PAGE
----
6. While the first link provided by @Ivan Gretsky seems like a good starting point for creating forms with InputfieldForm, note that this is not exactly the simplest thing to do. Personally I've never found it very intuitive, or very useful for that matter. (This, of course, is a highly opinionated statement β€” so take it with a grain of salt.) In my opinion it's almost always easier to just create a basic HTML form: <form action="." method="POST"> <label for="your_name">Your name</label> <input type="text" name="your_name" id="your_name"> <input type="submit"> </form> ... and then process form input in the template file: <?php namespace ProcessWire; if ($input->post->your_name) { // always sanitize user input (https://processwire.com/api/ref/sanitizer/) $your_name = $sanitizer->entities($your_name); // do something with input echo "<p>Hi " . $your_name . "! What's up?</p>"; } Of course that's a super-simplified example, but hope you get the point. Using InputfieldForm, InputfieldText, InputfieldSubmit etc. is doable, but in many cases they mainly just add a whole new layer of complexity without much actual benefit πŸ™‚ If you want to save values to custom database tables, you need to work with "raw" SQL through the $database object. But here's the kicker: The preferred way to save data in ProcessWire is through pages. A "page" is essentially a general purpose data storage object: you can use pages to store publicly viewable (front-end) content, as well as (back-end only) categories or tags, or form entries β€” or really whatever it is that you need to store. The API is largely built around working with pages: creating, finding, reading, modifying, and deleting them. Again: you can work directly with database tables through the $database object, but that's not really what ProcessWire was built for. (It's useful for special situations, but for a beginner that's not what I would recommend starting with.) As such, likely the easiest way to save data would be to create a template with fields related to your entries, and then on each form entry creating, populating, and saving a page using that template. That's not necessarily scalable if you expect tens or hundreds of thousands of entries in a short period of time, but apart from that it will work just fine πŸ™‚ ... although, to be fair, a lot of folks just use Form Builder for building and managing forms. It's a commercial module, but in the long term it saves so much time and makes things so easy that it's well worth it. Especially if you're working on projects that you get paid for. This depends on the context: if you're writing code in a template file (/site/templates/some-template.php) then you can use $modules. If you're writing code within a class that extends the Wire object β€” module, Page class, etc. β€” then you need to use $this->modules instead. And if you're writing code within a module, you generally use wire('modules'), etc. Here's a docs page explaining when to use what: https://processwire.com/docs/start/api-access/.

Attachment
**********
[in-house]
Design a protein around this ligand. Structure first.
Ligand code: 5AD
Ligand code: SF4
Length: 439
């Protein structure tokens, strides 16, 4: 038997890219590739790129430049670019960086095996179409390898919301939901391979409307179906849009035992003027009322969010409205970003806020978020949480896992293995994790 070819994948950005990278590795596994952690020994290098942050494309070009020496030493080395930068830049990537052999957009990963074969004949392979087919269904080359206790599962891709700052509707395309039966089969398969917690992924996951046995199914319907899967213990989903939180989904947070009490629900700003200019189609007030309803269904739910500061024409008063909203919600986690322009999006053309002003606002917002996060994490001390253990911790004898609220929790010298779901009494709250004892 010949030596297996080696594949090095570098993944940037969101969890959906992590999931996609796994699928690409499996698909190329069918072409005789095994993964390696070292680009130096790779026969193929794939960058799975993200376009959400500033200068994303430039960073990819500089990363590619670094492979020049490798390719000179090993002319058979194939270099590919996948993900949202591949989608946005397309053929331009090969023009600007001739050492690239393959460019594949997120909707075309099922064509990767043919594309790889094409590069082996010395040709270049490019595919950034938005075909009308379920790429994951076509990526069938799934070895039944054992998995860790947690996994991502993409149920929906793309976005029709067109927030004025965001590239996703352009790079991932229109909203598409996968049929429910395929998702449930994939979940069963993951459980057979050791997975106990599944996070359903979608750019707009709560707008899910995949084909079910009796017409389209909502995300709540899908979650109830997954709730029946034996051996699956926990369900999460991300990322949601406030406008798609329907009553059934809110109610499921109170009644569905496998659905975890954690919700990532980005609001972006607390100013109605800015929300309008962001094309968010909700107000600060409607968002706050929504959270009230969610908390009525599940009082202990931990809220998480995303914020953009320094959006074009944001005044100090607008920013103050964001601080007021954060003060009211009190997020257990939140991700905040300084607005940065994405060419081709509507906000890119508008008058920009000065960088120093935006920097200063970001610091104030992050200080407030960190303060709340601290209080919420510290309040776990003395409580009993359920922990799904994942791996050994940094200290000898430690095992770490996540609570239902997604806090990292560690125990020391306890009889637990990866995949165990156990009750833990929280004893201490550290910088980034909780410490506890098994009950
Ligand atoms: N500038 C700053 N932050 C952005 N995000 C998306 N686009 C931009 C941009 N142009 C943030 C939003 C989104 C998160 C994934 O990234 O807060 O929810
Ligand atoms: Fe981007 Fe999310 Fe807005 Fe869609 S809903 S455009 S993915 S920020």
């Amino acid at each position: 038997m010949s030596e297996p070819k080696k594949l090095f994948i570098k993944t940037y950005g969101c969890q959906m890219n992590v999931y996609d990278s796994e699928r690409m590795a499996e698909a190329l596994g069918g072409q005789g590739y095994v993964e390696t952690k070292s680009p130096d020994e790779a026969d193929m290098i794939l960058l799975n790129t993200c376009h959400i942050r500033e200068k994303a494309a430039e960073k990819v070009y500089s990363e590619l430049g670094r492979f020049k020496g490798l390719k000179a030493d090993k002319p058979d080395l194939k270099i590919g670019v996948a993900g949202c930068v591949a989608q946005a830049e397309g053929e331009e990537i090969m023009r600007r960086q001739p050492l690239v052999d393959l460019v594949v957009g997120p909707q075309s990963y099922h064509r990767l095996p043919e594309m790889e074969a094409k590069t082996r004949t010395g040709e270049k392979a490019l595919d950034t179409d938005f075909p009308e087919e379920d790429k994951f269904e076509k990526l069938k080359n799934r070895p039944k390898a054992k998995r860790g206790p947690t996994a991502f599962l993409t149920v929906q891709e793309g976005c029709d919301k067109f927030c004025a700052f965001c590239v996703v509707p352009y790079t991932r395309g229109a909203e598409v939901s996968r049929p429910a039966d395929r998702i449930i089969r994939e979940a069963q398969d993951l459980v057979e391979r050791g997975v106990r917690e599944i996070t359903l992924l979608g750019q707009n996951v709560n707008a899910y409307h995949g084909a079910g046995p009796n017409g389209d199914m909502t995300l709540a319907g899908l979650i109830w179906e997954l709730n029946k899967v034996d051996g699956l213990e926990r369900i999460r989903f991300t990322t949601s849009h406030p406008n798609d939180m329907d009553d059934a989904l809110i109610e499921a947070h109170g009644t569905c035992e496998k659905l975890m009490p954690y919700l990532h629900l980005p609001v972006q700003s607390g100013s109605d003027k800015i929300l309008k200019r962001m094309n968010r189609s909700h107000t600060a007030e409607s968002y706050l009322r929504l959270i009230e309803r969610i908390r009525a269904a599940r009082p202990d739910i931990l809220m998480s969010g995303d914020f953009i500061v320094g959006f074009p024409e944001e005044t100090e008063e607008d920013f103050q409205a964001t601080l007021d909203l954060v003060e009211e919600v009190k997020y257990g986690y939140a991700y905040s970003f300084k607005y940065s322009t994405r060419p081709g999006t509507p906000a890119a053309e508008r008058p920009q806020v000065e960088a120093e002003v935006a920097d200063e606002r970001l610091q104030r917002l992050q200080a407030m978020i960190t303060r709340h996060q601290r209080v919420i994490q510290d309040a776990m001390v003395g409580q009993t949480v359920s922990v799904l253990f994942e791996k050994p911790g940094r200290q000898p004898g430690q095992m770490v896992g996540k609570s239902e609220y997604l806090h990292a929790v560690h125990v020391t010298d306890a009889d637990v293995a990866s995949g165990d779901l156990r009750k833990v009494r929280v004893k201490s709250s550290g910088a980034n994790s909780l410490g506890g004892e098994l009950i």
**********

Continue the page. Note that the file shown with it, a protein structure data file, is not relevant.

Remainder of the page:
7. This is also more or less what Gutenberg does by default, in two slightly different ways: hovering the block before selecting it brings up a live-rendered preview (based on placeholder data provided by the block), and once the block has been added to the page you can switch it between edit/preview mode (assuming that said block has not enforced a specific mode). Preview-on-hover was something I had planned to experiment on based on the newly added hook(s), but preview mode (similar to PTE or ACFE) would be neat too πŸ™‚